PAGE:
If you haven’t been following the scandal over the LIBOR rate, you definitely should tune in. It can serve as an example for printing executives, and a method to assure you’re not “cooking your own books.”
Ok, now don’t get offended by the tone of that statement. I’m not insinuating you’re engaging in any type of criminal activity. However, you may not be approaching your financials with the kind of accuracy needed to make an honest assessment of your business.
The folks in charge of the LIBOR scandal were too concerned about accuracy. If you’re not aware, the LIBOR (London Inter-bank Offered Rate) is a critical benchmarking number used in the global financial system. It’s managed by a big group of banks to estimate what it would cost them to borrow money today.
In a nutshell, it turns out this critical benchmark was manipulated by the banks for their own profits (if you can believe it). In an article that appeared in The New Yorker, one thought really hit home for me:
“Rigging LIBOR was shockingly easy. The estimates aren’t audited. They’re not compared with market prices. And LIBOR is put together by a trade group, without any real supervision from government regulators.”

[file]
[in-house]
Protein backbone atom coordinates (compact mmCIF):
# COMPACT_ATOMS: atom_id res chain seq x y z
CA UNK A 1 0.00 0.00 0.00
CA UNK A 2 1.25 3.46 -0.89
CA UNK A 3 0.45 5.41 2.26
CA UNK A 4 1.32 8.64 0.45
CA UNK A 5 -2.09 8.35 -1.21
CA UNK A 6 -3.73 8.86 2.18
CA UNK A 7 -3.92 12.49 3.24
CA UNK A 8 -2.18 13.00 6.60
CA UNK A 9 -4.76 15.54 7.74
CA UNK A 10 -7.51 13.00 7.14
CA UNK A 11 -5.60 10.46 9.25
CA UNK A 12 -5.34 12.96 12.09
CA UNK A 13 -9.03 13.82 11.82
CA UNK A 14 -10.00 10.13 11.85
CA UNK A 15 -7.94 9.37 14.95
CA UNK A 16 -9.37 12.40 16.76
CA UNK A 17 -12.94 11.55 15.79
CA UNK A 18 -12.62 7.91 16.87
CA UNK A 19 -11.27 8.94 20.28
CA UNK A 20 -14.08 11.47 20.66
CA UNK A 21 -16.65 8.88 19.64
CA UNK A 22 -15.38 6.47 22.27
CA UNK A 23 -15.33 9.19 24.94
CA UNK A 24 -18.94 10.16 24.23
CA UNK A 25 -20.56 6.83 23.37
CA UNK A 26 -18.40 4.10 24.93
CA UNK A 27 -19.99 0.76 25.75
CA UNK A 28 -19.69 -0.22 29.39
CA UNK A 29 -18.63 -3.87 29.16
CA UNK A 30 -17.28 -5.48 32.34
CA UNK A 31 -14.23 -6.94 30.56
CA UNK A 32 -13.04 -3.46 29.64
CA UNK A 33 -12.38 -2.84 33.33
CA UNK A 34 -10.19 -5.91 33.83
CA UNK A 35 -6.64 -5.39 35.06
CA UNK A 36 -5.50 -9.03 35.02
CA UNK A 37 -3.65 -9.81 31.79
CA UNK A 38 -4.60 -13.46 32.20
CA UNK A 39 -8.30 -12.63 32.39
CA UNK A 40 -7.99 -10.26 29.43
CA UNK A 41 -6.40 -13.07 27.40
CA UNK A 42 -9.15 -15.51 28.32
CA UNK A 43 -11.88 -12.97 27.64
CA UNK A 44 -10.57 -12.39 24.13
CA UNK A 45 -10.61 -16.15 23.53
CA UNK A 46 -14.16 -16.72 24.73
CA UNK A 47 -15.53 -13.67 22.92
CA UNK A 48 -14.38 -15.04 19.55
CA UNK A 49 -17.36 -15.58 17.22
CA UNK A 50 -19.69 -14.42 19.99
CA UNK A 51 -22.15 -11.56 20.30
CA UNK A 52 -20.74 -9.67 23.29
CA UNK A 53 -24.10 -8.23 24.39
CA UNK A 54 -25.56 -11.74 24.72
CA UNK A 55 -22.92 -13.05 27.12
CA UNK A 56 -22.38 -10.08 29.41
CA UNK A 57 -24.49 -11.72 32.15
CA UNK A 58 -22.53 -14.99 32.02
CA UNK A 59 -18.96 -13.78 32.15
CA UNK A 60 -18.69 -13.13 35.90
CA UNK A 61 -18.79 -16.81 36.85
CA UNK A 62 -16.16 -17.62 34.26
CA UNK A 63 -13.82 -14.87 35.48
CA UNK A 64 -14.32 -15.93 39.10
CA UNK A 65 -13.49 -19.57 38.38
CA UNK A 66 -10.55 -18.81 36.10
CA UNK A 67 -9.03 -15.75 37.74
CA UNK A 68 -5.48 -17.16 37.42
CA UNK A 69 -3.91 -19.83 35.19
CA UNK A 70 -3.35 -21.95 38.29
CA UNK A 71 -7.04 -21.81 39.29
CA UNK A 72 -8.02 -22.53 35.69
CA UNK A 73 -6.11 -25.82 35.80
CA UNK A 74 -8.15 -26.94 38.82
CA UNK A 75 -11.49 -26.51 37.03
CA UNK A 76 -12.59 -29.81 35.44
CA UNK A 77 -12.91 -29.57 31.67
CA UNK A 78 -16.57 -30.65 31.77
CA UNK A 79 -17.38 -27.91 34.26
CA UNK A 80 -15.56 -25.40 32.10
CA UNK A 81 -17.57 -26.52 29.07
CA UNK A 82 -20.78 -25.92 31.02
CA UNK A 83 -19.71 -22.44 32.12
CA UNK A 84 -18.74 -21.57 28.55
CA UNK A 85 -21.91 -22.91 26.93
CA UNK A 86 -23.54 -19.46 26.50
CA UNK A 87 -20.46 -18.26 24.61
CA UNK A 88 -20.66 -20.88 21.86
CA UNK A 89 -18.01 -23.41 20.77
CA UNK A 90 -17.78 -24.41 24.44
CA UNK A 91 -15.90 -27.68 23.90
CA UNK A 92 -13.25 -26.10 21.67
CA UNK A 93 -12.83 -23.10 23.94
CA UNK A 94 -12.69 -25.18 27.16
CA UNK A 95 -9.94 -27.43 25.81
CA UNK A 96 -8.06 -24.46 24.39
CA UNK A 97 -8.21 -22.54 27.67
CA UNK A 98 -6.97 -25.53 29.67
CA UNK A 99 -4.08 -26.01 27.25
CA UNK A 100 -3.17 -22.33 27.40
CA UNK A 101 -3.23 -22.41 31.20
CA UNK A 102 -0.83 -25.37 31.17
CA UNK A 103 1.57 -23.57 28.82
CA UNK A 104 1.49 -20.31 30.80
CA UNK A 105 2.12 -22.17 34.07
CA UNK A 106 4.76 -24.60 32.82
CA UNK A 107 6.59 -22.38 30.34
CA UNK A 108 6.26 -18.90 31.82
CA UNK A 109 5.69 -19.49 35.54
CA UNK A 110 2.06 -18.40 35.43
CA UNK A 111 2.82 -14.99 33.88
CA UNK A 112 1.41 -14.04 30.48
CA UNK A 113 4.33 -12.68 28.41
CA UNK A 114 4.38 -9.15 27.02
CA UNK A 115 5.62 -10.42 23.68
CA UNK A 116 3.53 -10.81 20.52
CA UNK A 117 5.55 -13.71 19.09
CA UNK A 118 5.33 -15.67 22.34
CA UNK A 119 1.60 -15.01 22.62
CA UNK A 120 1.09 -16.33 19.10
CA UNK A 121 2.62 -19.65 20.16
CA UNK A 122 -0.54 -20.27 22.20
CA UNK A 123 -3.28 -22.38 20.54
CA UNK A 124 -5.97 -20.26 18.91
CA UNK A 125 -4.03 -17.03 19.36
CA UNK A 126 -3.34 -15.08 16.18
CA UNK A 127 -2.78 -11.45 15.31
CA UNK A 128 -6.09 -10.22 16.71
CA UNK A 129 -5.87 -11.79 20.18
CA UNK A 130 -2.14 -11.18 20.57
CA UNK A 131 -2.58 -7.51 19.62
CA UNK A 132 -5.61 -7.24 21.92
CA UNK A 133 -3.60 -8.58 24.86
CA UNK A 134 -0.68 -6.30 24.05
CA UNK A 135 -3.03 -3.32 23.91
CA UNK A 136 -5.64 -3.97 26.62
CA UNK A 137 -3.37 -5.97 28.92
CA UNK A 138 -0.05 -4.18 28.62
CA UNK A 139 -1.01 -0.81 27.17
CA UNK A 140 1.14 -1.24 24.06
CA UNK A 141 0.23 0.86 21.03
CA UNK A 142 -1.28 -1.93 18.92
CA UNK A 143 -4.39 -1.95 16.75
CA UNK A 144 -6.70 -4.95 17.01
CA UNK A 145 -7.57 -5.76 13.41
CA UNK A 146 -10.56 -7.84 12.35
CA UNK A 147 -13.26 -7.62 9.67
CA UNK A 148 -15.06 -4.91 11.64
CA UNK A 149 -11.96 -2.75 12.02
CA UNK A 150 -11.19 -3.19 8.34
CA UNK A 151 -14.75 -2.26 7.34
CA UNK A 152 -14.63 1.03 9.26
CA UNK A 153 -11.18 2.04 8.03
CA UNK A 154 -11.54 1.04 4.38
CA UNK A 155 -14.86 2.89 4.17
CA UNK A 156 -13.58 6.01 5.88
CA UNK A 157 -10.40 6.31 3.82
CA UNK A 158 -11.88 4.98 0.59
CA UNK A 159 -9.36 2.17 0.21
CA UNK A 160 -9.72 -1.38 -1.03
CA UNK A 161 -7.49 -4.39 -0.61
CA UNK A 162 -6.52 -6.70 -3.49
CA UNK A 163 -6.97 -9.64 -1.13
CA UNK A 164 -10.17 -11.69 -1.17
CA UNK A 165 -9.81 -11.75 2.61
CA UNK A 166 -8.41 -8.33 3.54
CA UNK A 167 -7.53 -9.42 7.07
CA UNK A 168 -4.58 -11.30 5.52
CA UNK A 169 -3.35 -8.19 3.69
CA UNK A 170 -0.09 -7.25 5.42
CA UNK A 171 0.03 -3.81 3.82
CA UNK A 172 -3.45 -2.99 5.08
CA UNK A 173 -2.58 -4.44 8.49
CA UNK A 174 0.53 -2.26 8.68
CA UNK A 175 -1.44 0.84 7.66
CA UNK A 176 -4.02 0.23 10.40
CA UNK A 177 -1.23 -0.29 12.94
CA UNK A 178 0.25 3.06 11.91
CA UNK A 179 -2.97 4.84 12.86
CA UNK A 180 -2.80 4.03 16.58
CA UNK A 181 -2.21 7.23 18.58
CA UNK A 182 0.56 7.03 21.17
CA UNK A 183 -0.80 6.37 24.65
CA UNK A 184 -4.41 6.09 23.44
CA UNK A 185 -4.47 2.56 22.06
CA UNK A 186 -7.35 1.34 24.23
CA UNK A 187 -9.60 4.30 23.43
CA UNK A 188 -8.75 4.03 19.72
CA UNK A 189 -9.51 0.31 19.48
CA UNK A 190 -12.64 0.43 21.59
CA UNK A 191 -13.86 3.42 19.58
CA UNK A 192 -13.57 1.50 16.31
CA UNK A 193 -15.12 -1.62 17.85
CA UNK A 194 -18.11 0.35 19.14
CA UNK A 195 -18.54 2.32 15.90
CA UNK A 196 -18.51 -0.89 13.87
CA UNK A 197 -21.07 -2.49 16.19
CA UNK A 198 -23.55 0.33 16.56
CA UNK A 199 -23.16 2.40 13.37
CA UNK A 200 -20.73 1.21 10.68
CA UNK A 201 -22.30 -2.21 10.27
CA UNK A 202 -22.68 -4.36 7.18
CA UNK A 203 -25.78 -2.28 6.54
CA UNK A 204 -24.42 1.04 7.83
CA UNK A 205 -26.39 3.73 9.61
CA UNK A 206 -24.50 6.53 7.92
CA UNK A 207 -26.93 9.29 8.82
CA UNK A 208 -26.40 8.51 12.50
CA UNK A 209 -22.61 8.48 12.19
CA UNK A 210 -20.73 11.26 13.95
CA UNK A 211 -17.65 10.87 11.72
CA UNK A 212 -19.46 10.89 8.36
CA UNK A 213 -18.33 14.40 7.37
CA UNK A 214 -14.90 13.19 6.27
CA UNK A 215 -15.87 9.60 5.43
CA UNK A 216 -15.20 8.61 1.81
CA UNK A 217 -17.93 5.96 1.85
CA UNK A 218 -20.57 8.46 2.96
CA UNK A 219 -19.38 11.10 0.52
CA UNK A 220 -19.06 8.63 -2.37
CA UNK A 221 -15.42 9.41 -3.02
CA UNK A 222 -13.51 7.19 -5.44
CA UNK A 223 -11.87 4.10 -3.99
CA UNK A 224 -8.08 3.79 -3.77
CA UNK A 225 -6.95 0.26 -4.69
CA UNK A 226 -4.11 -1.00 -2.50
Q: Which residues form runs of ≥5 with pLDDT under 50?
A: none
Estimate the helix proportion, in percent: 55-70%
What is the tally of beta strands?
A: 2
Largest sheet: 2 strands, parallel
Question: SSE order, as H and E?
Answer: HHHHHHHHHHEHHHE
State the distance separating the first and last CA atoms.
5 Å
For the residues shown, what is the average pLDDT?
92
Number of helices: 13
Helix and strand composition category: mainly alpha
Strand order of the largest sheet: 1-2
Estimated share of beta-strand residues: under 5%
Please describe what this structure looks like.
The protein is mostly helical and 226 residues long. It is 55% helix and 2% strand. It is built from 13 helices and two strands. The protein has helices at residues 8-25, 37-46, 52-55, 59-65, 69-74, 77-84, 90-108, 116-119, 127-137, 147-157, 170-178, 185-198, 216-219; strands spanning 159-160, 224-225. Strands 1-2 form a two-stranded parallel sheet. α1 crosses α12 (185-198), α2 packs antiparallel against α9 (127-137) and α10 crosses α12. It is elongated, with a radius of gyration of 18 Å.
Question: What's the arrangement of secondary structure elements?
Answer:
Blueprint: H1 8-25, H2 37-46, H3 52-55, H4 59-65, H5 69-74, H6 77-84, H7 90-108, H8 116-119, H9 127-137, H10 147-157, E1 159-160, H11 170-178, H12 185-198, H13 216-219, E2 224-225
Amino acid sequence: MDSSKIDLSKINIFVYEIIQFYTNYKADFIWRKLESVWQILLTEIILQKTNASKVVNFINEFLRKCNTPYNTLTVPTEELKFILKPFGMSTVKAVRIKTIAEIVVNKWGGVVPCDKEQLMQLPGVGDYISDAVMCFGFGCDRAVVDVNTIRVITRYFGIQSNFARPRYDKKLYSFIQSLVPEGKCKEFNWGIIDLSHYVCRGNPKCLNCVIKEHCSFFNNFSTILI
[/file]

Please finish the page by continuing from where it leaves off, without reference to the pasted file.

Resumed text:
Eventually, this system came back to bite the banks, primarily because they couldn’t grasp that self-regulation meant they had to be honest to themselves and their customers.
How You Can Avoid the LIBOR Pitfall
You, as a business owner, are self-regulated. Like the LIBOR folks, you can rig your own finances with shocking ease. But eventually, as the mighty bankers have realized, a lack of integrity spells doom.
How can you avoid a similar fate? Here are three suggestions:
- Audit your financial reports, don’t just compile numbers. Are they accurate? Are they honest?
- Benchmark your results with what your industry is doing. If you’re slipping compared to your competitors, that’s an indicator the market is passing you by and you need to make some internal changes.
- Find a third party (not necessarily the government) that can impartially help you evaluate your financial metrics. Keep your accounting team, but get them some oversight to help make accurate assessments.
What happened to the LIBOR rate was shameful, but I won’t bother lecturing on the sad state of some of these powerful financial institutions. I’m more focused on your institution – and you should be too.
Photo by: mskogly
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